Your guide to apartheid

What was apartheid? When did it start and end? And what happened to those who broke the laws? Here's your guide to the system of discrimination imposed against non-whites in South Africa

Apartheid road sign

What is apartheid?

An Afrikaans word for ‘separation’ – literally, ‘separateness’ – apartheid was used to describe the discriminatory political and economic system of racial segregation which the white minority imposed on non-whites. It was implemented by the governing party, the National Party of South Africa, from 1948 until 1994.

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How did it start?

Segregation according to race wasn’t new to South Africa, as racial legislation in the country can be seen as early as 1806. But it was greatly extended with the Population Registration Act of 1950, which divided South Africans into four categories: Bantu (black South Africans), Coloured (those of mixed race), White and Asian (Indian and Pakistani South Africans). The Act was designed to preserve white supremacy in the country.

The impact of apartheid on South Africa’s non-white population was horrific. Families were often split by the laws and people were forcibly removed from their homes

What was living under apartheid like?

The effects of apartheid touched every aspect of daily life. By 1950, marriage and sexual relations between white and non-white South Africans were banned, while a series of Land Acts meant more than 80 per cent of the country’s land was set aside for the white minority. Black men and women were forced to live in ten so-called ‘black homelands’, where they were permitted to run businesses. To live and work in designated ‘white areas’, they required permits. Hospitals, ambulances, buses and public facilities were all segregated, and non-white participation in government was denied.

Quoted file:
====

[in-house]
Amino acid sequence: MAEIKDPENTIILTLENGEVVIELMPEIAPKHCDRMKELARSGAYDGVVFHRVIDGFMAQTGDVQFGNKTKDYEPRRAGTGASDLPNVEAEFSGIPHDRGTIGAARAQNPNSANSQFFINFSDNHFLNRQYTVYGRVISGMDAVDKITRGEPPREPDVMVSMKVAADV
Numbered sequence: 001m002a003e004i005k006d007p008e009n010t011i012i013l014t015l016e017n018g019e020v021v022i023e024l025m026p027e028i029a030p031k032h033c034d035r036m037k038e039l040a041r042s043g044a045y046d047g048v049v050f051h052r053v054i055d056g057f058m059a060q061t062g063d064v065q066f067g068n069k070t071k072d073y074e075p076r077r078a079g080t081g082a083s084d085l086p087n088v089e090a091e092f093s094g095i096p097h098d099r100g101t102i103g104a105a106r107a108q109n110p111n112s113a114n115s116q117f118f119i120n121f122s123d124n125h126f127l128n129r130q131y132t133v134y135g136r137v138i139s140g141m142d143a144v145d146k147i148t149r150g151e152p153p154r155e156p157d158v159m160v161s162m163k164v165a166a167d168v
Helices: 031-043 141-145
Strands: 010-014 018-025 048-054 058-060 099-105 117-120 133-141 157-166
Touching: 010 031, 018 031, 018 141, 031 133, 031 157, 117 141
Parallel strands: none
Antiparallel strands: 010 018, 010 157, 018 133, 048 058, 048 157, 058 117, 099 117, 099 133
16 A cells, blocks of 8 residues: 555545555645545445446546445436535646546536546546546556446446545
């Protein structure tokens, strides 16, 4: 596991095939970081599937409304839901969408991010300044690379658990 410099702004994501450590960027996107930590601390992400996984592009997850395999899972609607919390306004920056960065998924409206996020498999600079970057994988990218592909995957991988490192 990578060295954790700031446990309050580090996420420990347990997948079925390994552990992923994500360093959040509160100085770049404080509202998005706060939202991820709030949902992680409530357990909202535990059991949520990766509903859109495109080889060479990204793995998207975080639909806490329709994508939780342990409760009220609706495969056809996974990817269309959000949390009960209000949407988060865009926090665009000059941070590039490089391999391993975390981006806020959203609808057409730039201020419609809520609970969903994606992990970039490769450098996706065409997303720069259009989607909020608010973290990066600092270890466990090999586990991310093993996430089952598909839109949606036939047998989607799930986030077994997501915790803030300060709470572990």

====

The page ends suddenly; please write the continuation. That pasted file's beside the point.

The impact on South Africa’s non-white population was horrific. Families were often split by the laws (if parents were black and white, their children were classed as ‘coloured’) and, between 1961 and 1994, 3.5 million people were forcibly removed from their homes. Their land was sold for a fraction of its price, plunging non-whites into severe poverty and despair.

White children in South Africa paddling in a pond marked by a sign reading 'For European Children Only', c1956. (Photo by Three Lions/Getty Images)
White children in South Africa paddling in a pond marked by a sign reading ‘For European Children Only’, c1956. (Photo by Three Lions/Getty Images)

What happened to those who broke the laws?

South Africans caught disobeying apartheid could be imprisoned, fined or whipped, while those suspected of being in a racially mixed relationship were hunted down under the Immorality Acts of 1927 and 1950. Most ‘guilty’ couples were sent to prison. If a black man or woman was found without their ‘dompas’ – a passport containing fingerprints, photograph, personal details of employment and permission from the government to be in a particular part of the country – they could be imprisoned as well. More than 250,000 black South Africans were arrested each year under these Pass Laws.